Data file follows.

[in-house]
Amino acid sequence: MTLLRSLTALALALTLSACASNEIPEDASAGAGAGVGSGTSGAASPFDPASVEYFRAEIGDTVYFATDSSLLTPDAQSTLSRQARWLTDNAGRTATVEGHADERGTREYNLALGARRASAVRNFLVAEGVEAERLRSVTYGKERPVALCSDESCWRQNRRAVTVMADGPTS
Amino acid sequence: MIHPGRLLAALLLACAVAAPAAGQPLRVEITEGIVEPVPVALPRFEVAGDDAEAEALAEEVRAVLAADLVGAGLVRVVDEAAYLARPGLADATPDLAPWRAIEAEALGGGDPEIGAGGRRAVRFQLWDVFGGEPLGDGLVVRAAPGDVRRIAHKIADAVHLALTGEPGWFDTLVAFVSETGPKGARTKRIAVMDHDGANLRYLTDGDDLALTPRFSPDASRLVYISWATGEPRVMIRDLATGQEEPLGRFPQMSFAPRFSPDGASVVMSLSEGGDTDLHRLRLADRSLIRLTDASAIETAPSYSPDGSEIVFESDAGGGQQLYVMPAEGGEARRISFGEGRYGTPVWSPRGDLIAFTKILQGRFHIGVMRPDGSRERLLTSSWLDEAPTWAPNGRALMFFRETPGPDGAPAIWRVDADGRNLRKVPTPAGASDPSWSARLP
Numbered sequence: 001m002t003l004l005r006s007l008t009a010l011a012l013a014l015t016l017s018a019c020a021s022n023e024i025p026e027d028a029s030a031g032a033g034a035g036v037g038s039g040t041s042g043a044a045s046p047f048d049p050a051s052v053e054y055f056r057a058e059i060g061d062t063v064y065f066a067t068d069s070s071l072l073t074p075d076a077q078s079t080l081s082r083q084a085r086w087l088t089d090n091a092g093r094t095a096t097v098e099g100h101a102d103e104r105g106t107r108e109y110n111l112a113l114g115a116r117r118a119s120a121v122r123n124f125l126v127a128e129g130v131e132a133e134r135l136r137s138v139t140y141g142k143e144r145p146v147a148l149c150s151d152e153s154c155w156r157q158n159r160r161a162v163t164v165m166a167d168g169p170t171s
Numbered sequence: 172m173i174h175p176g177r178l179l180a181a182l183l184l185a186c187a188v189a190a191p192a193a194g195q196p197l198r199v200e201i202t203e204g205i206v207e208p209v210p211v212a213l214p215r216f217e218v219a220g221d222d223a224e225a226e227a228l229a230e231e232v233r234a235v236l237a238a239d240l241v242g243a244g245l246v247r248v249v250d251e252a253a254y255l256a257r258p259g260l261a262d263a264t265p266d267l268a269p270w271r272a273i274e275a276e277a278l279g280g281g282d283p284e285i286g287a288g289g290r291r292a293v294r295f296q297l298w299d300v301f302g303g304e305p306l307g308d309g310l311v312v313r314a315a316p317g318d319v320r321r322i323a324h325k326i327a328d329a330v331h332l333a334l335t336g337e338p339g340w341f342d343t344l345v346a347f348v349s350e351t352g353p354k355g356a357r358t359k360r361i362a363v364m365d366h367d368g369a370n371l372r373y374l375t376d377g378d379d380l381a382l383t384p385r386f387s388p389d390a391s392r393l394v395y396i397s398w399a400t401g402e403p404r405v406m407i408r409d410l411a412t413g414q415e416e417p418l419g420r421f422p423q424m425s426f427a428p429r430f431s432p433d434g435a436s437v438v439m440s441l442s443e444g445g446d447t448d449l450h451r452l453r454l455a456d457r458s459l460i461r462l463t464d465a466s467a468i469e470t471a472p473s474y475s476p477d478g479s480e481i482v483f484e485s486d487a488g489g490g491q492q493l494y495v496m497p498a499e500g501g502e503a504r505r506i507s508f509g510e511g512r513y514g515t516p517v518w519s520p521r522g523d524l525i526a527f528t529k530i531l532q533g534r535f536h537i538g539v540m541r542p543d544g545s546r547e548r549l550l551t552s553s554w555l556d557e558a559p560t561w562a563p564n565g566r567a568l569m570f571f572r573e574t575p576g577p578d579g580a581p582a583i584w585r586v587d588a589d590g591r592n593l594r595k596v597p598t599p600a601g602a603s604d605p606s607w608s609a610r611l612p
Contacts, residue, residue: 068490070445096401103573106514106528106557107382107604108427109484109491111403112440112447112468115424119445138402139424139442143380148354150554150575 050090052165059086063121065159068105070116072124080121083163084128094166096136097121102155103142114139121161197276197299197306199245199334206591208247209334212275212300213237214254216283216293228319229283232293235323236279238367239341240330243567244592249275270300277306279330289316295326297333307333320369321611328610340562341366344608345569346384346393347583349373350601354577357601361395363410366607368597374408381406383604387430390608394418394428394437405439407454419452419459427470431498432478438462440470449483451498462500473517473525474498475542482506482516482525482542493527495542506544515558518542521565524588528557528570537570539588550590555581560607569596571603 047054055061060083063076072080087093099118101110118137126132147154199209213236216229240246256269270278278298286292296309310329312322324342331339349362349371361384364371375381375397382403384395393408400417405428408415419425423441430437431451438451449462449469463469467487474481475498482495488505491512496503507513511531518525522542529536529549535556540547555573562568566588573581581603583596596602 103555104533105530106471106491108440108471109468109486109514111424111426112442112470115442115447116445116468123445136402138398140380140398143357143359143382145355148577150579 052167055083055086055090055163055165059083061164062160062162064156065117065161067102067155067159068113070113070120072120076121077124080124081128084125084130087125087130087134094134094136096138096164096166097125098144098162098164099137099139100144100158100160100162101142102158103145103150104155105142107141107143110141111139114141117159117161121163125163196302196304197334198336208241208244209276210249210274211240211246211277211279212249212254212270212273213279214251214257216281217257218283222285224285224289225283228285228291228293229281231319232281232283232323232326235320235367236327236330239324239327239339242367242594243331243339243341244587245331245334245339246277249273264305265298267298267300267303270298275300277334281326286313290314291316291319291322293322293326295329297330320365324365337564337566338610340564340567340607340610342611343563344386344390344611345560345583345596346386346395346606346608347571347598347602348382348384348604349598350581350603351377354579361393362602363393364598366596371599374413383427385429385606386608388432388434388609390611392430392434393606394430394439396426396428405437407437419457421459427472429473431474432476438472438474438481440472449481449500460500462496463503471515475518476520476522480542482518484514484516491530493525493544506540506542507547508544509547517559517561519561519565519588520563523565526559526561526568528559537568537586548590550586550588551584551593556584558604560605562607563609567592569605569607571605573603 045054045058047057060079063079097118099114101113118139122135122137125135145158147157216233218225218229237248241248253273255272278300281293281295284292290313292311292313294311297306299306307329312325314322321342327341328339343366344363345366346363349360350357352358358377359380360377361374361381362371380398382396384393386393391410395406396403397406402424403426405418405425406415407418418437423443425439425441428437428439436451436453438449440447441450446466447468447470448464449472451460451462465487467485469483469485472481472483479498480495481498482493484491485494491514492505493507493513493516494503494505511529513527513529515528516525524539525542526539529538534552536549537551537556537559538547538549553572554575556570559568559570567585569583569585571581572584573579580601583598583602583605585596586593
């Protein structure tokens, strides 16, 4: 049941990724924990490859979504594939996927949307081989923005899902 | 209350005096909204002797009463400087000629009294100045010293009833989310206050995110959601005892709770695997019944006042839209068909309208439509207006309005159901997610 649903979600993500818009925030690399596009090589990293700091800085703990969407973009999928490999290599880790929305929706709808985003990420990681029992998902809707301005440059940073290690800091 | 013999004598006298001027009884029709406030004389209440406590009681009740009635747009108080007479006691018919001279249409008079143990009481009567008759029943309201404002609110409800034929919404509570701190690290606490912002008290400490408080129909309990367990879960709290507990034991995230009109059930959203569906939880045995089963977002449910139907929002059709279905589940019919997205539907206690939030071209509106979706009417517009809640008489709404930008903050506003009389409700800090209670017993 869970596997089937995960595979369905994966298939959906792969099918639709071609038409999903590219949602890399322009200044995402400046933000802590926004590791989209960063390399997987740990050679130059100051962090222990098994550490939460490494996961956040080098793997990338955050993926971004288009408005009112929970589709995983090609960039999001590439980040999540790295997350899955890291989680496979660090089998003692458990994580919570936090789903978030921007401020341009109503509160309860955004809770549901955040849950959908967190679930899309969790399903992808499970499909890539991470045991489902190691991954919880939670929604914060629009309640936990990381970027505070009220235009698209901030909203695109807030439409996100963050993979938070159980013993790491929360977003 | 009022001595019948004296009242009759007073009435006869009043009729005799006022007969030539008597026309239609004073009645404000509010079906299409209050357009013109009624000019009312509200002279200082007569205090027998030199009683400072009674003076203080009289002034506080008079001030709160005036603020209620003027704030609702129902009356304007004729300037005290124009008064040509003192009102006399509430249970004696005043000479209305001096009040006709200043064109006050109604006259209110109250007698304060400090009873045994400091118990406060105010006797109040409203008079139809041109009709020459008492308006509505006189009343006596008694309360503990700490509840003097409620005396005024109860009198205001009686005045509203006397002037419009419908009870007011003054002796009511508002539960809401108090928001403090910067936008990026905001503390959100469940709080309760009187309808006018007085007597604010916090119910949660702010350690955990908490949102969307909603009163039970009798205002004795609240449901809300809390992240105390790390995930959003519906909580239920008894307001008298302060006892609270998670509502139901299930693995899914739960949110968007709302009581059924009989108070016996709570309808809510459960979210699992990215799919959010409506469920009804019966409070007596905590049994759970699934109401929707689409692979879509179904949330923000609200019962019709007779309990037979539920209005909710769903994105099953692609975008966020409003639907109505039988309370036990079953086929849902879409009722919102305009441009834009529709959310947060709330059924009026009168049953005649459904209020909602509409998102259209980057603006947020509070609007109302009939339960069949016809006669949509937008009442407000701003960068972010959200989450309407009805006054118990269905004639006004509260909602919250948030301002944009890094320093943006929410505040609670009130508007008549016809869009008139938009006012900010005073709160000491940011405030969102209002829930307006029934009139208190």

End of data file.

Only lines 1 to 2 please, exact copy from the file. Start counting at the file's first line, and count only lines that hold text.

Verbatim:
[in-house]
Amino acid sequence: MTLLRSLTALALALTLSACASNEIPEDASAGAGAGVGSGTSGAASPFDPASVEYFRAEIGDTVYFATDSSLLTPDAQSTLSRQARWLTDNAGRTATVEGHADERGTREYNLALGARRASAVRNFLVAEGVEAERLRSVTYGKERPVALCSDESCWRQNRRAVTVMADGPTS